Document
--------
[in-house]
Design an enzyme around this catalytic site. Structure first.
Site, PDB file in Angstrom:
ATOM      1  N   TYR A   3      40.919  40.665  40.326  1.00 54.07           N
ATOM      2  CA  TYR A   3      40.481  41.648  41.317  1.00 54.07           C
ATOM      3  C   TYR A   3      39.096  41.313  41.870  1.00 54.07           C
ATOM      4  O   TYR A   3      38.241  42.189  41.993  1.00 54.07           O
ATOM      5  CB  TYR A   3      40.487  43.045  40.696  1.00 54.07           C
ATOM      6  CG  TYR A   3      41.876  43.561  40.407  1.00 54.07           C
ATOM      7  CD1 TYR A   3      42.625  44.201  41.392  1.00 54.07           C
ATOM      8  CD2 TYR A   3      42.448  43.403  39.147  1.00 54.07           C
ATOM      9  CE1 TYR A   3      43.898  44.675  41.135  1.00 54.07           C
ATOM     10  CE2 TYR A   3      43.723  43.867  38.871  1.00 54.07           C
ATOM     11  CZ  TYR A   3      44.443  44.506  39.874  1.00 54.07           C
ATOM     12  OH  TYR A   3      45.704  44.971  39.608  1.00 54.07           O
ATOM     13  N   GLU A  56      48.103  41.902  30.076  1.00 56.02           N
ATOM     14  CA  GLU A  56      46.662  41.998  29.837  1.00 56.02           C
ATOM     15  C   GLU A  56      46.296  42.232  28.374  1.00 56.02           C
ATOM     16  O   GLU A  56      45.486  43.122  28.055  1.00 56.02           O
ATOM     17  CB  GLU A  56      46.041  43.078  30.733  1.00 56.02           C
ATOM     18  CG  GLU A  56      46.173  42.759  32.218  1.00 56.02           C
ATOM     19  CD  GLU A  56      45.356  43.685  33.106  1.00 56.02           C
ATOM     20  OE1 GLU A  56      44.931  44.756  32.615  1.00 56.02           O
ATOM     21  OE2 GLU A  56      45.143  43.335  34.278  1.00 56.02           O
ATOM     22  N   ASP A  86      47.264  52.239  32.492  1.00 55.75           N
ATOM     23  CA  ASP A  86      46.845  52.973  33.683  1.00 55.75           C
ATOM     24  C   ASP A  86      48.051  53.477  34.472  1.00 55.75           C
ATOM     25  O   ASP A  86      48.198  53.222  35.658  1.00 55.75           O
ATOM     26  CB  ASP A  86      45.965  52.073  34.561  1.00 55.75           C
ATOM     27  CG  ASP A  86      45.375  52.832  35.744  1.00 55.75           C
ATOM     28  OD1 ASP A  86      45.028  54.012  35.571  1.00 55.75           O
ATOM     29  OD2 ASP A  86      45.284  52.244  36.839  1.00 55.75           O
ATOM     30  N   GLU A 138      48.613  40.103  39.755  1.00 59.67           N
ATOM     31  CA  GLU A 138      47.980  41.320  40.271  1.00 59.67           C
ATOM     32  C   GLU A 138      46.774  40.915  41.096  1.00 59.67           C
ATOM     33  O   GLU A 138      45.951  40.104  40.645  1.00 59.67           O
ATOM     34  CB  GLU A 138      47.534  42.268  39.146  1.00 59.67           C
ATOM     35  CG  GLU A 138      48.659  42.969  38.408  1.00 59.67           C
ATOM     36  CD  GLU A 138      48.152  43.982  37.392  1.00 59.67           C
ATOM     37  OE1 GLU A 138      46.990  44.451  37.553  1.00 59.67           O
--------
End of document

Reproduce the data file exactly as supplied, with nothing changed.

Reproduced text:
[in-house]
Design an enzyme around this catalytic site. Structure first.
Site, PDB file in Angstrom:
ATOM      1  N   TYR A   3      40.919  40.665  40.326  1.00 54.07           N
ATOM      2  CA  TYR A   3      40.481  41.648  41.317  1.00 54.07           C
ATOM      3  C   TYR A   3      39.096  41.313  41.870  1.00 54.07           C
ATOM      4  O   TYR A   3      38.241  42.189  41.993  1.00 54.07           O
ATOM      5  CB  TYR A   3      40.487  43.045  40.696  1.00 54.07           C
ATOM      6  CG  TYR A   3      41.876  43.561  40.407  1.00 54.07           C
ATOM      7  CD1 TYR A   3      42.625  44.201  41.392  1.00 54.07           C
ATOM      8  CD2 TYR A   3      42.448  43.403  39.147  1.00 54.07           C
ATOM      9  CE1 TYR A   3      43.898  44.675  41.135  1.00 54.07           C
ATOM     10  CE2 TYR A   3      43.723  43.867  38.871  1.00 54.07           C
ATOM     11  CZ  TYR A   3      44.443  44.506  39.874  1.00 54.07           C
ATOM     12  OH  TYR A   3      45.704  44.971  39.608  1.00 54.07           O
ATOM     13  N   GLU A  56      48.103  41.902  30.076  1.00 56.02           N
ATOM     14  CA  GLU A  56      46.662  41.998  29.837  1.00 56.02           C
ATOM     15  C   GLU A  56      46.296  42.232  28.374  1.00 56.02           C
ATOM     16  O   GLU A  56      45.486  43.122  28.055  1.00 56.02           O
ATOM     17  CB  GLU A  56      46.041  43.078  30.733  1.00 56.02           C
ATOM     18  CG  GLU A  56      46.173  42.759  32.218  1.00 56.02           C
ATOM     19  CD  GLU A  56      45.356  43.685  33.106  1.00 56.02           C
ATOM     20  OE1 GLU A  56      44.931  44.756  32.615  1.00 56.02           O
ATOM     21  OE2 GLU A  56      45.143  43.335  34.278  1.00 56.02           O
ATOM     22  N   ASP A  86      47.264  52.239  32.492  1.00 55.75           N
ATOM     23  CA  ASP A  86      46.845  52.973  33.683  1.00 55.75           C
ATOM     24  C   ASP A  86      48.051  53.477  34.472  1.00 55.75           C
ATOM     25  O   ASP A  86      48.198  53.222  35.658  1.00 55.75           O
ATOM     26  CB  ASP A  86      45.965  52.073  34.561  1.00 55.75           C
ATOM     27  CG  ASP A  86      45.375  52.832  35.744  1.00 55.75           C
ATOM     28  OD1 ASP A  86      45.028  54.012  35.571  1.00 55.75           O
ATOM     29  OD2 ASP A  86      45.284  52.244  36.839  1.00 55.75           O
ATOM     30  N   GLU A 138      48.613  40.103  39.755  1.00 59.67           N
ATOM     31  CA  GLU A 138      47.980  41.320  40.271  1.00 59.67           C
ATOM     32  C   GLU A 138      46.774  40.915  41.096  1.00 59.67           C
ATOM     33  O   GLU A 138      45.951  40.104  40.645  1.00 59.67           O
ATOM     34  CB  GLU A 138      47.534  42.268  39.146  1.00 59.67           C
ATOM     35  CG  GLU A 138      48.659  42.969  38.408  1.00 59.67           C
ATOM     36  CD  GLU A 138      48.152  43.982  37.392  1.00 59.67           C
ATOM     37  OE1 GLU A 138      46.990  44.451  37.553  1.00 59.67           O